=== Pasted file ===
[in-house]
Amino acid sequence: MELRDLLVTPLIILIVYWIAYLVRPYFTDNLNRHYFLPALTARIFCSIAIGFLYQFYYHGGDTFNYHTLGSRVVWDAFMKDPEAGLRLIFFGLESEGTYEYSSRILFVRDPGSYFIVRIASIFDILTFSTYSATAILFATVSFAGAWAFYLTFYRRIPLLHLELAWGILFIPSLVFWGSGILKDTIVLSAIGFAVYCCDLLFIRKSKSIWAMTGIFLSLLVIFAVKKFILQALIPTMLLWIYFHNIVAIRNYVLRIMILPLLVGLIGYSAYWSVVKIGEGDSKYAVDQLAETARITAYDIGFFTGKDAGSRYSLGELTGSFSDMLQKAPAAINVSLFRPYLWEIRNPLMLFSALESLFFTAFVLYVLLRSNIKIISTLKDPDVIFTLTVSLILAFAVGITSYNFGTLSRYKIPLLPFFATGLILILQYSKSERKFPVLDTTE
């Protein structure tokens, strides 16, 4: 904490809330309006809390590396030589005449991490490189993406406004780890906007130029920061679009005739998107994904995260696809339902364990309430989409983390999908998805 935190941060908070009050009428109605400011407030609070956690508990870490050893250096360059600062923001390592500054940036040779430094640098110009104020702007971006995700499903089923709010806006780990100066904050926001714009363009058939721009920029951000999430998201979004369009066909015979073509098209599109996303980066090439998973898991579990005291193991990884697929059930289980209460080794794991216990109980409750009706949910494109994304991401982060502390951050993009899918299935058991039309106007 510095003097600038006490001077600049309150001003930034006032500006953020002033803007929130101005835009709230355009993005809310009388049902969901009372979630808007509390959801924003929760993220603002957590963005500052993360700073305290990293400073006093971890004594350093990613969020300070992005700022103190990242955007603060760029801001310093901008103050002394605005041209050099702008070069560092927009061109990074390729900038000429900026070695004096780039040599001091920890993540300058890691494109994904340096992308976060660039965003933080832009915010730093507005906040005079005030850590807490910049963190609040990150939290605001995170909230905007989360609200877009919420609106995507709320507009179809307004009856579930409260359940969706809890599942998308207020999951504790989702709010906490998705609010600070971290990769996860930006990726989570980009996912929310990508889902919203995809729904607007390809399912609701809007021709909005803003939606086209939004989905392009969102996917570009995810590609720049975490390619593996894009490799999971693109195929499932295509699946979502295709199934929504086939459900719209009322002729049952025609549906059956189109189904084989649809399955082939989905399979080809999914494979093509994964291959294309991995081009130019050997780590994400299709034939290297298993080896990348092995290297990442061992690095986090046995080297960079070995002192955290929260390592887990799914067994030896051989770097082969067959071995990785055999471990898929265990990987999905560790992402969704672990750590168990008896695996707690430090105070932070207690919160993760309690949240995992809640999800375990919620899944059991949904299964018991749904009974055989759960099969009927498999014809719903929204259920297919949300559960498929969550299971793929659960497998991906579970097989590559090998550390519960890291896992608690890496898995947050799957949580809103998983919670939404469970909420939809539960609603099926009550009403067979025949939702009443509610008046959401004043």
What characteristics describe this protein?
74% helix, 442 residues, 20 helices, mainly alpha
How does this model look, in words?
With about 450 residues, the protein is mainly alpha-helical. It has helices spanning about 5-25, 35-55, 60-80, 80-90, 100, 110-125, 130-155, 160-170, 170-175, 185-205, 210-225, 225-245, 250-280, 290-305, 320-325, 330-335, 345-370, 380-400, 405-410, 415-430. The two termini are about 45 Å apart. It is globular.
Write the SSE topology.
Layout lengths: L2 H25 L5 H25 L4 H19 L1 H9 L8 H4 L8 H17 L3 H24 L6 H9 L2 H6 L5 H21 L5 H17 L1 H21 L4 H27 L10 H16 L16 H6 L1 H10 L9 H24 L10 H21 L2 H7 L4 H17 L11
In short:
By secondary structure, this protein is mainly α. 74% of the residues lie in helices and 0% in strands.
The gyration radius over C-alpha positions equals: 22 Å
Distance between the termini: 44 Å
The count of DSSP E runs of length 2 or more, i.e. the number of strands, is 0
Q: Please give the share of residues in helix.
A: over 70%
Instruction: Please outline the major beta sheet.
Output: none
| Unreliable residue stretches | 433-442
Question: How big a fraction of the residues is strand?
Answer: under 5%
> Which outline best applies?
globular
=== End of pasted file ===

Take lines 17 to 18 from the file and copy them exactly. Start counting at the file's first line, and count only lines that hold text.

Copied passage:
Instruction: Please outline the major beta sheet.
Output: none